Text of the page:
You don't have to develop the stoop and "dowager's hump" that were once thought to be inevitable consequences of aging.
If you're over 50, the odds that you'll experience a major fracture because of osteoporosis are one in two. Although osteoporosis increases the risk of fractures in every bone of the body, the spinal bones (vertebrae) are particularly vulnerable. For women with osteoporosis, as little as a cough or a sudden movement can cause a compression fracture, creating pain and potential deformity.
Preventing vertebral fractures
Strong bones are the best insurance against fractures. While it's true that all people lose bone as they age, osteoporosis is not inevitable; there are still many things you can do to hold on to the bone you have and perhaps even replace some lost bone.
Do weight-bearing exercise. "Resistance exercise can help maintain bone mass, which in turn may help prevent osteoporosis and osteoporosis-related compression fractures that can lead to the 'dowager's hump," says Dr. Christopher Bono, chief of the orthopedic spine service at Harvard-affiliated Brigham and Women's Hospital. Any exercise that involves working against gravity, such as running, walking, weight lifting, or stair climbing, can potentially build bone. Exercise also increases muscle mass, which can help protect bones from injury, and it improves strength, agility, and flexibility, thus decreasing susceptibility to falls.
Eat a balanced diet. Aim for a total calcium intake of 1,200 milligrams daily, mostly through foods. If you don't supply your body with the calcium it needs, it will respond by raiding calcium stores in your bones. In addition, the National Osteoporosis Foundation recommends 800 to 1,000 international units of vitamin D per day for bone health.
Avoid excess alcohol. Too much alcohol interferes with calcium balance and alters bone-building hormones, including estrogen and cortisol. Try to limit daily consumption to one drink of wine, beer, or spirits.
If you still smoke, quit. Tobacco use has been linked to lower bone density, and it's clear that smoking increases fracture risk.
Get a bone density test. "All women who are postmenopausal should be evaluated for osteoporosis using a bone mineral density test," says Dr. Bono. In addition, there are risk calculators available on the Internet that use your bone density and the presence of other risk factors to determine fracture risk. Once you have the results of your test, you and your doctor can discuss what measures—including bone-building medications—you can take to reduce your risk.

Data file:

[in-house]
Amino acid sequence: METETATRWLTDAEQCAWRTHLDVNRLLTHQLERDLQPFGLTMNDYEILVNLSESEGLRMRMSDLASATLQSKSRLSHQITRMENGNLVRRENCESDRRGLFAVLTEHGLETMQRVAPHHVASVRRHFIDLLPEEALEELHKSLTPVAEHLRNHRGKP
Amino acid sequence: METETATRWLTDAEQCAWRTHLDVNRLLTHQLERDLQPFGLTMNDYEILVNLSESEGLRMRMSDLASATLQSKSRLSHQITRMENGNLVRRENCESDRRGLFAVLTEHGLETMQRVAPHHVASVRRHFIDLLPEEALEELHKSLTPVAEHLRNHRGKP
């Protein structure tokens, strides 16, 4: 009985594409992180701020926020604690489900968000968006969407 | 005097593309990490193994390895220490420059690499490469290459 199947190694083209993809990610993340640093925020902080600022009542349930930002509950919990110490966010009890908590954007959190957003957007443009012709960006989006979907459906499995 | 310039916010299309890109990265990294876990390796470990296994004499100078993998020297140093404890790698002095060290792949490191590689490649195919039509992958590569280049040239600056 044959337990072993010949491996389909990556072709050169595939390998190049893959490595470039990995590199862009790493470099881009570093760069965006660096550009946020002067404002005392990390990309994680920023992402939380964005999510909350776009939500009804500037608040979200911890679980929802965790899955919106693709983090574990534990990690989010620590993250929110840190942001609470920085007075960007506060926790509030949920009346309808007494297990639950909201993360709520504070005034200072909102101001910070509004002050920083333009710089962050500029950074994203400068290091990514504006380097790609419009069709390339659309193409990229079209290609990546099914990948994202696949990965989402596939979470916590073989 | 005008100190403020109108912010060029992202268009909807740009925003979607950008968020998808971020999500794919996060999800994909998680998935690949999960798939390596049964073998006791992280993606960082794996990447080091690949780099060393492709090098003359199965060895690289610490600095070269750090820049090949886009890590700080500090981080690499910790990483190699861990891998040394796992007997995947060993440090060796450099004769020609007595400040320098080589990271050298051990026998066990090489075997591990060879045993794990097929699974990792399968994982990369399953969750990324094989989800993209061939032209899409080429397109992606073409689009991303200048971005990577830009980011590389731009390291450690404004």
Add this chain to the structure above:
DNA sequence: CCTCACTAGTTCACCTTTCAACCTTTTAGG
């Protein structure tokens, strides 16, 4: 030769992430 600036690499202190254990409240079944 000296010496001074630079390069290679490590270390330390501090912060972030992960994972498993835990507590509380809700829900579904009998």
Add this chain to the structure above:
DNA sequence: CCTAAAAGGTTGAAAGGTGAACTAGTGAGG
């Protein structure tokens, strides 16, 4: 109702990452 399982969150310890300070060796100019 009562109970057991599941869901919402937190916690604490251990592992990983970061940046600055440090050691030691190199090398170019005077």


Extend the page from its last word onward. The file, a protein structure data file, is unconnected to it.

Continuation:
Treating vertebral fracture
Compression fractures may occur gradually and relatively painlessly, but they can also be quite painful. Pain that results from vertebral compression fractures can usually be treated with short-term acetaminophen (Tylenol), nonsteroidal anti-inflammatory drugs like ibuprofen (Advil, Motrin) or naproxen (Aleve), opioids, or calcitonin.
Surgery is a last resort to alleviate the pain. Two minimally invasive procedures—vertebroplasty and kyphoplasty—involve using MRI to guide the injection of bone cement to strengthen compressed vertebrae. (In kyphoplasty a balloon is inflated to expand the vertebra before the cement is injected.) Some studies suggest that these procedures may reduce pain in the short run, but randomized controlled clinical trials have not found firm evidence of long-term benefit. And they carry a risk of certain side effects, including nerve damage and leakage of cement into surrounding tissues. Therefore, these procedures are recommended only for people whose pain is so severe that it requires hospitalization and for those with fracture-related pain that has not improved over a six-week period following the fracture.
If you're considering surgery, make sure your doctor discusses all the potential outcomes of kyphoplasty and vertebroplasty, including the risks and possible complications as well as the potential benefits, Dr. Bono advises.
What vertebral fractures can do to your spine
A compression fracture doesn't crack a vertebra in two; it causes it to collapse (1). As additional compression fractures occur, the collapsed vertebrae form a downward curve in the spine—a condition called dorsal kyphosis (2), or "dowager's hump."
As the spine curves outward, the length of the torso shrinks. With less space to accommodate them, the abdominal organs are pushed forward. This can lead to a host of discomforts, including breathing difficulties, digestive disorders, constipation, and urinary incontinence.
The changes in the distribution of your body weight alter your center of gravity and can throw off your balance, making it more difficult to get around and increasing the risk of falls and more fractures.
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